It’s been almost exactly four years since my Pulmonary Hypertension diagnosis. How do I know? Well I had my first and only angiogram on my thirty-eighth birthday, 21 May 2012 and my cloud photo album reminded me I took this photo four years ago from M floor of The Royal Hallamshire Hospital in Sheffield, where I was transferred to be investigated and treated at their very efficient Pulmonary Hypertension specialist centre.

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About four years on and I am thankfully less monitored than I was at the start, my outpatient appointments were every three months, where I had ECG, chest x-ray and the shuttle walking test. Now my last one was probably in November 2015 and I’m not complaining. I also get yearly cardiac MRI scans and right heart catheterisation.

I have remained steady on oral medication; ambrisentan 10 mg and tadalafil 40 mg every morning along with aspirin and my various other tablets. When I say I remain stable, I mean my exercise tolerance is reduced by my shortness of breath due to pulmonary hypertension but not enough to need a blue badge yet.

I am unable to walk a mile without stopping and being short of breath multiple times and attracting the concerns of passers by. I don’t feel anything other than just needing to breath fast but to a bystander I appear alarmingly unwell, so I tend to drive everywhere I need to go, find parking as close as I can and take a gentle pace.

I have CPAP at the insistence of my Pulmonary Hypertension doctors and I have had stable asthma since my last and only admission in August 2011. I have regular CPAP review and checks and I see my practice nurse once a year for asthma and diabetes check. I also see a diabetic consultant once a year at my local hospital.

My biggest bugbear, at forty-two years of age, is taking the list of medications that I do. It’s a lengthy list, which I put into weekly pill boxes to make sure I take them all. This is also handy to work out which ones I’m running low on. Repeat prescriptions are a nightmare unless I pay attention and plan ahead. My pulmonary hypertension medications are not issued by my GP and so I arrange delivery monthly from Healthcare At Home.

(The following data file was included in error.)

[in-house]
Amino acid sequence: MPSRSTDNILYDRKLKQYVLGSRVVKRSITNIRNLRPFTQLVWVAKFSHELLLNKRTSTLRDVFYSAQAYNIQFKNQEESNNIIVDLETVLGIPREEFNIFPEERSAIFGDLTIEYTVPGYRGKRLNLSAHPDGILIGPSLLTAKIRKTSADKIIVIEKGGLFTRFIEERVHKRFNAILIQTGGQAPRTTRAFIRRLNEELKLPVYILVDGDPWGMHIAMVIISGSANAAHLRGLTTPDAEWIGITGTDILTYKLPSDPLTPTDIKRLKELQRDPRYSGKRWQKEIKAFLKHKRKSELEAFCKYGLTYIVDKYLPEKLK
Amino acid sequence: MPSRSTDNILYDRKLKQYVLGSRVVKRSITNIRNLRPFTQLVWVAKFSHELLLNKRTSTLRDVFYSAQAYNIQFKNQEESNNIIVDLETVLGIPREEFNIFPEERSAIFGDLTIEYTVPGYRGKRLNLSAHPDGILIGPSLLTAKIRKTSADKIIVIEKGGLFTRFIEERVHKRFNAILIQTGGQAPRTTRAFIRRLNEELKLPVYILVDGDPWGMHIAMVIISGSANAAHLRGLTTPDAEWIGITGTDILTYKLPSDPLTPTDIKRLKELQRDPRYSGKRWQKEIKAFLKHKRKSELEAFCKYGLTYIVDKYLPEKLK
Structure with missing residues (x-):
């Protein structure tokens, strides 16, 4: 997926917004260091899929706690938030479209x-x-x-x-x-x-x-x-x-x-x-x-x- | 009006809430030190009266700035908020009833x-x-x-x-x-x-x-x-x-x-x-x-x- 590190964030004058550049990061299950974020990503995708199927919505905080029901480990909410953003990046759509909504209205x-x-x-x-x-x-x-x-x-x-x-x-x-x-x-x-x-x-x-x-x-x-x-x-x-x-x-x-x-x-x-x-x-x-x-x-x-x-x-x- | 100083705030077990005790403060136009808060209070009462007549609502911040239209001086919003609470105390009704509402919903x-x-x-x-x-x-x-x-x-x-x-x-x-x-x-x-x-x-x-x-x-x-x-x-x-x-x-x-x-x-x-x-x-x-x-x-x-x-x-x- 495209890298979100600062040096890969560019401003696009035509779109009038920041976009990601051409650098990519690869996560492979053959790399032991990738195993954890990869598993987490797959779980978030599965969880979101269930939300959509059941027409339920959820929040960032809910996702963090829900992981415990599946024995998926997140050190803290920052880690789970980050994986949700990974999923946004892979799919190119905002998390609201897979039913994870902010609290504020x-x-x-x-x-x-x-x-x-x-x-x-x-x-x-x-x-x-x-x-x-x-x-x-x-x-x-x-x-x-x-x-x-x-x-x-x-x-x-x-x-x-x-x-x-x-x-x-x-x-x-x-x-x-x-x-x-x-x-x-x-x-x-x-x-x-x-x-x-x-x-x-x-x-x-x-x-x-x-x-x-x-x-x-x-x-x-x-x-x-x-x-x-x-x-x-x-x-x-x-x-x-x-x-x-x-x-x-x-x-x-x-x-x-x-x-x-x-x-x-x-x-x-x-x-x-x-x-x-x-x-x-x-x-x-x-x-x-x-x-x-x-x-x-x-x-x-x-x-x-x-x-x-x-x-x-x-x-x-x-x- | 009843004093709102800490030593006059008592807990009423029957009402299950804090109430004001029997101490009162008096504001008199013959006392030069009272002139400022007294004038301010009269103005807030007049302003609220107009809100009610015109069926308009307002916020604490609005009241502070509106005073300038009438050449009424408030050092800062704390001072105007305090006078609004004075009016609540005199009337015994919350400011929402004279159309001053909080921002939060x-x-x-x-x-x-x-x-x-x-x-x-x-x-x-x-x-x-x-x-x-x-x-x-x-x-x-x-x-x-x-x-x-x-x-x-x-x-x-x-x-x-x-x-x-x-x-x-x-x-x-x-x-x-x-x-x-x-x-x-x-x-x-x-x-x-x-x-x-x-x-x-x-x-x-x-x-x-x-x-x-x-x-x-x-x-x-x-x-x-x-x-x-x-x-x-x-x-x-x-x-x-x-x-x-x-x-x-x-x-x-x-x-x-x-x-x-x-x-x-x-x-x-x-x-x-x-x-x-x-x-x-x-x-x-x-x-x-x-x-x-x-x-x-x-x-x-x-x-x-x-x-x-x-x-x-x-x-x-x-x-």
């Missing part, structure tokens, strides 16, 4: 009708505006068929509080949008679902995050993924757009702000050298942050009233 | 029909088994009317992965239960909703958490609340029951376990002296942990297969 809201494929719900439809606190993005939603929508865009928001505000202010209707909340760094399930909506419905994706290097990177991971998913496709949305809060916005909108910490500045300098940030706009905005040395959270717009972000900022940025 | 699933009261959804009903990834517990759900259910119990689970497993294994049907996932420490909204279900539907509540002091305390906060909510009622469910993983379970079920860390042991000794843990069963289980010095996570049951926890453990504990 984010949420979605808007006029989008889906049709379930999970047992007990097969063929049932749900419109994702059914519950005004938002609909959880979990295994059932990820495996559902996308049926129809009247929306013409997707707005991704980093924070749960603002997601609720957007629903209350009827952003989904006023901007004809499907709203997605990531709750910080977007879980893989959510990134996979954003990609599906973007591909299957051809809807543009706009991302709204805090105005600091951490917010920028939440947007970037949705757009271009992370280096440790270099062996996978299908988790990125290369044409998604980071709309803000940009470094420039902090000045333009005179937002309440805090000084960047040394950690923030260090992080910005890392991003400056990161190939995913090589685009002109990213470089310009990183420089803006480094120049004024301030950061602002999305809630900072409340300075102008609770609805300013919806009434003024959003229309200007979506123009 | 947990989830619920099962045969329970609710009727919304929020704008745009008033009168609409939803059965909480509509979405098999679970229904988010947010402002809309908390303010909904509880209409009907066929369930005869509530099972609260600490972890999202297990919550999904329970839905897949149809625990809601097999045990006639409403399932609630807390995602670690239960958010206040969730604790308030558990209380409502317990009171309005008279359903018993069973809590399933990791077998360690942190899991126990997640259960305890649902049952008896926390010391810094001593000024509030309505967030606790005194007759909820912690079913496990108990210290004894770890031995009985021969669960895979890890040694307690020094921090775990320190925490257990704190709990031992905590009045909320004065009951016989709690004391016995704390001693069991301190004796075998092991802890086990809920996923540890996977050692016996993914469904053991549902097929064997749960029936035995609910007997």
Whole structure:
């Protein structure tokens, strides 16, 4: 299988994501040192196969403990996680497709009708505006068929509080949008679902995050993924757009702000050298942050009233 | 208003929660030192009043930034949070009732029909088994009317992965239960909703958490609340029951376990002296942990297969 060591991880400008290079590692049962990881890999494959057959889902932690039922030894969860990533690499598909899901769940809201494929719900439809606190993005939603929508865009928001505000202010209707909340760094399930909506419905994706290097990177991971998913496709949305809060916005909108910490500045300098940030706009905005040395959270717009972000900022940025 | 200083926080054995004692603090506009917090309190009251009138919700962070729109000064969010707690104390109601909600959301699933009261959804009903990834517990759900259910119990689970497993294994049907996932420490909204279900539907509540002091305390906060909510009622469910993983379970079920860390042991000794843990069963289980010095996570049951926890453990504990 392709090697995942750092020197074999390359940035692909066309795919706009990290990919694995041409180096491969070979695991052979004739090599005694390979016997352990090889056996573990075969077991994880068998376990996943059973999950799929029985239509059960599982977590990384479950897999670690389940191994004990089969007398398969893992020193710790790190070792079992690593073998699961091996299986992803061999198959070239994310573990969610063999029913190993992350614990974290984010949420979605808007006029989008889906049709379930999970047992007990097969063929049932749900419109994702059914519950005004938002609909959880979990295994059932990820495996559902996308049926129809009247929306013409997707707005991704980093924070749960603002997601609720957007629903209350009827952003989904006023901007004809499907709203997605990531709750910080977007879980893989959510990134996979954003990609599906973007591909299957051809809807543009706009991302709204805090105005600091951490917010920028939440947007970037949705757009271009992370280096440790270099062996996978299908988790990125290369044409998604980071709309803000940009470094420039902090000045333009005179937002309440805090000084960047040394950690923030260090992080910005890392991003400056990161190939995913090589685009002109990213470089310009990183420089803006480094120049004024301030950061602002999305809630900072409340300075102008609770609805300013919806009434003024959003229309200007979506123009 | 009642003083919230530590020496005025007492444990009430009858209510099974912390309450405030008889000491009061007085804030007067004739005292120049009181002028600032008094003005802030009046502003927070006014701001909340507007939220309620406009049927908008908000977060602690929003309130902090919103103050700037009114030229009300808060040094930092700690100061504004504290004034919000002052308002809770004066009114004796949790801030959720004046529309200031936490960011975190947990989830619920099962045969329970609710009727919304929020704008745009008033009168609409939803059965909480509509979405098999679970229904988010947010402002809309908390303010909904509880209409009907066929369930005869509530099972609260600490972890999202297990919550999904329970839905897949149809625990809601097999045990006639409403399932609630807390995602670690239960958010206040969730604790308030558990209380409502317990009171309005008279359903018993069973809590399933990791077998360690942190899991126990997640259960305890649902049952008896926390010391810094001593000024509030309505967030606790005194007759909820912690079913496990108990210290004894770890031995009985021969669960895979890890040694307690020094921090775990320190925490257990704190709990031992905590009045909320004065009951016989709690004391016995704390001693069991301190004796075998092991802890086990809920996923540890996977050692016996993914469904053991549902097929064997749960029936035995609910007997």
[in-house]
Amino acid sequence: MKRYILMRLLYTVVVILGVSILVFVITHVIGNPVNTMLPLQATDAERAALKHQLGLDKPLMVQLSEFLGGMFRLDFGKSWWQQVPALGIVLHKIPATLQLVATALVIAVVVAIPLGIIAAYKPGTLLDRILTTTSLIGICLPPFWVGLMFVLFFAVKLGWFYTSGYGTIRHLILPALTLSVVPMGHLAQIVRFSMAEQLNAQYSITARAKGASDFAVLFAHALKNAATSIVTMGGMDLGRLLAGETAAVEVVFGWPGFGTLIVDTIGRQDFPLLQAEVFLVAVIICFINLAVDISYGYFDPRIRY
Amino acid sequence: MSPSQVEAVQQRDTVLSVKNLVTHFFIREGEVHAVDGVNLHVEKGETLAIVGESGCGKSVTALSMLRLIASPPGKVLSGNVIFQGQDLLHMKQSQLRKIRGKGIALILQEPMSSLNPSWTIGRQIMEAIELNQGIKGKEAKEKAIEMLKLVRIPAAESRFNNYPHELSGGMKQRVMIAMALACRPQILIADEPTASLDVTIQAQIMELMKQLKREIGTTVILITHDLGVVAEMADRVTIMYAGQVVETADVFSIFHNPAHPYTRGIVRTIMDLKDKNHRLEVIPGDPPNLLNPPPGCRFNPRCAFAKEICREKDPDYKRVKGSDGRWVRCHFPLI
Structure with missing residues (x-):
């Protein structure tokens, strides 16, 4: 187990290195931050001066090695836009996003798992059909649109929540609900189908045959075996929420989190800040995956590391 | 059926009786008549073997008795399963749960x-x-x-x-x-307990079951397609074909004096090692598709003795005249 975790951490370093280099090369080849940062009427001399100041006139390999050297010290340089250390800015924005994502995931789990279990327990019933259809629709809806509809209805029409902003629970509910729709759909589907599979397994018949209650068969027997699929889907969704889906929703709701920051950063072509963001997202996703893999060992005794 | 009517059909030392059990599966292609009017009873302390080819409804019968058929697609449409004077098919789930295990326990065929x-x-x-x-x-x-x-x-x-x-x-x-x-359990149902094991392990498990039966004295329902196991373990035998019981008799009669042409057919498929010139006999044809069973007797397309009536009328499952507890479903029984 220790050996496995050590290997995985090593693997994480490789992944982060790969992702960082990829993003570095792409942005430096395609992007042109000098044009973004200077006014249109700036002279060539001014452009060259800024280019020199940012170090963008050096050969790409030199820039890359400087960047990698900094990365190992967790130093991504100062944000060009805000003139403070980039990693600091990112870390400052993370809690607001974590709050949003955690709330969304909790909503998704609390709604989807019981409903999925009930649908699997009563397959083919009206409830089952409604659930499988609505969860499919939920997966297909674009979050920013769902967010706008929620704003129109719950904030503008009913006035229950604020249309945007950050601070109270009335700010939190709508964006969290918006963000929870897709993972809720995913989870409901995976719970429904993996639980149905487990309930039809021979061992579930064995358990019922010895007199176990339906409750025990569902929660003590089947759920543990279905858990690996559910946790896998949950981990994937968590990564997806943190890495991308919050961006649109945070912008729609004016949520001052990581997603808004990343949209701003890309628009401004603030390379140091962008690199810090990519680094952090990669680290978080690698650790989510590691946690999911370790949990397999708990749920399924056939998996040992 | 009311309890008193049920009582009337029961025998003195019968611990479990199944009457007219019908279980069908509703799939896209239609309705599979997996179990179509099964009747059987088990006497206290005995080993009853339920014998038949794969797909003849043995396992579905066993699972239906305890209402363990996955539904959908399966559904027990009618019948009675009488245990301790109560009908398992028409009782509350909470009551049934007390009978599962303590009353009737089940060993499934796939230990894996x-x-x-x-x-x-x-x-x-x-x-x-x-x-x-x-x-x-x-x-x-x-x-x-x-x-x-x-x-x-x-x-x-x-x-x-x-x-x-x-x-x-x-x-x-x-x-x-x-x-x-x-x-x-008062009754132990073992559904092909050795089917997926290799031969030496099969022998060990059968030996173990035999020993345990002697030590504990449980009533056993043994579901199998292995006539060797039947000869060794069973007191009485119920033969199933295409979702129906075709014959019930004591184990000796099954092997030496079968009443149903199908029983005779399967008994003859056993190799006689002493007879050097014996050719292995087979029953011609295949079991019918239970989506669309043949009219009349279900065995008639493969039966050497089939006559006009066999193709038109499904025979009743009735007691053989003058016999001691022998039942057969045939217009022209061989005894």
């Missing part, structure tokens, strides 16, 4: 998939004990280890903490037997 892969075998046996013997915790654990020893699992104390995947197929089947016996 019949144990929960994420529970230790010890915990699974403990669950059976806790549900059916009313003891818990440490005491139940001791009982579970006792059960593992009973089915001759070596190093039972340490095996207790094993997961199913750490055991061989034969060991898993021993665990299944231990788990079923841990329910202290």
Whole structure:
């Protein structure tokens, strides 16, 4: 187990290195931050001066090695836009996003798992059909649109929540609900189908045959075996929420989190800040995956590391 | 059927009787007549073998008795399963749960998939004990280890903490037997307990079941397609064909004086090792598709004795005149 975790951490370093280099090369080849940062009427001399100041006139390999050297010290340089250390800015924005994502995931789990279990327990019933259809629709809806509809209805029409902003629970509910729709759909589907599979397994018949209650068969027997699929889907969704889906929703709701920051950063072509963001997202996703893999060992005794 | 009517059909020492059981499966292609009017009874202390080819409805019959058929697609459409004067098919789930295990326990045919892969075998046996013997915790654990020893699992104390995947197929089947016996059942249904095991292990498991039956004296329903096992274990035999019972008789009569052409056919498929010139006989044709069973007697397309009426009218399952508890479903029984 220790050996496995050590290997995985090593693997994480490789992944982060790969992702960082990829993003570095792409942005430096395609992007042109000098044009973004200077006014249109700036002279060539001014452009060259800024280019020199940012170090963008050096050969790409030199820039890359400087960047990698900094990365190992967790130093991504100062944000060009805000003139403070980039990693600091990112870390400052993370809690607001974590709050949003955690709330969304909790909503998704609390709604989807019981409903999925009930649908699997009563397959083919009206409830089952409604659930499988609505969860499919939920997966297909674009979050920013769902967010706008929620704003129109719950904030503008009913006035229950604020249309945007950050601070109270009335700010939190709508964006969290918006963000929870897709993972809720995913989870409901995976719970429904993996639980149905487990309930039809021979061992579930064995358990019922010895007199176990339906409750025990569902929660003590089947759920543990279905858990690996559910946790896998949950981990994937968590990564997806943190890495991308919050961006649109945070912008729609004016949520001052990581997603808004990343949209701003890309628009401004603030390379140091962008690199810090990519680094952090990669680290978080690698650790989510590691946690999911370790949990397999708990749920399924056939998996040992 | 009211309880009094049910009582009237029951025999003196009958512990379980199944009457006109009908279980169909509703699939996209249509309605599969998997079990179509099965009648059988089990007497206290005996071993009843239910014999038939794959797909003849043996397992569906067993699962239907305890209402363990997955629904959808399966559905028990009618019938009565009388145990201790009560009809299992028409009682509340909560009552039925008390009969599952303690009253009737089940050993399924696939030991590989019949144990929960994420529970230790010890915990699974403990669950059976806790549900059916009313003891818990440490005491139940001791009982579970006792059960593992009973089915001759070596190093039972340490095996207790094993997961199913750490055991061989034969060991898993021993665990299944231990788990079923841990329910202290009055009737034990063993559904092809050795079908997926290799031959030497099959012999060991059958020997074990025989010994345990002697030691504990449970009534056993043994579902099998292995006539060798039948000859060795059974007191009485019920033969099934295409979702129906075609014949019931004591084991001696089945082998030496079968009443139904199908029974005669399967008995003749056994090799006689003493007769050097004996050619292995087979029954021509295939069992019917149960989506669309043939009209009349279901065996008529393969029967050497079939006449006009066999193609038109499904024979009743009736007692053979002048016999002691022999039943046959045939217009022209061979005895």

My morning medications are photographed below. I also take evening medications which are half as many in number. Why does it bother me? I have been taking a polypharmacy of tablets since I was 32 years old and in the last ten years the medications have fluctuated and grown and there’s talk of more tablets being added to control my ever worsening diabetes as well as warfarin for anti-coagulation, which I have consistently declined so far.

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I already have monthly liver function blood tests due to taking ambrisentan, the thought of daily or weekly bloods for warfarin is not an attractive prospect.

I am grateful that my pulmonary hypertension isn’t more serious and affects me marginally all things considered and despite the minor inconveniences of being on numerous medication I remain quite well overall and for that I thank the NHS.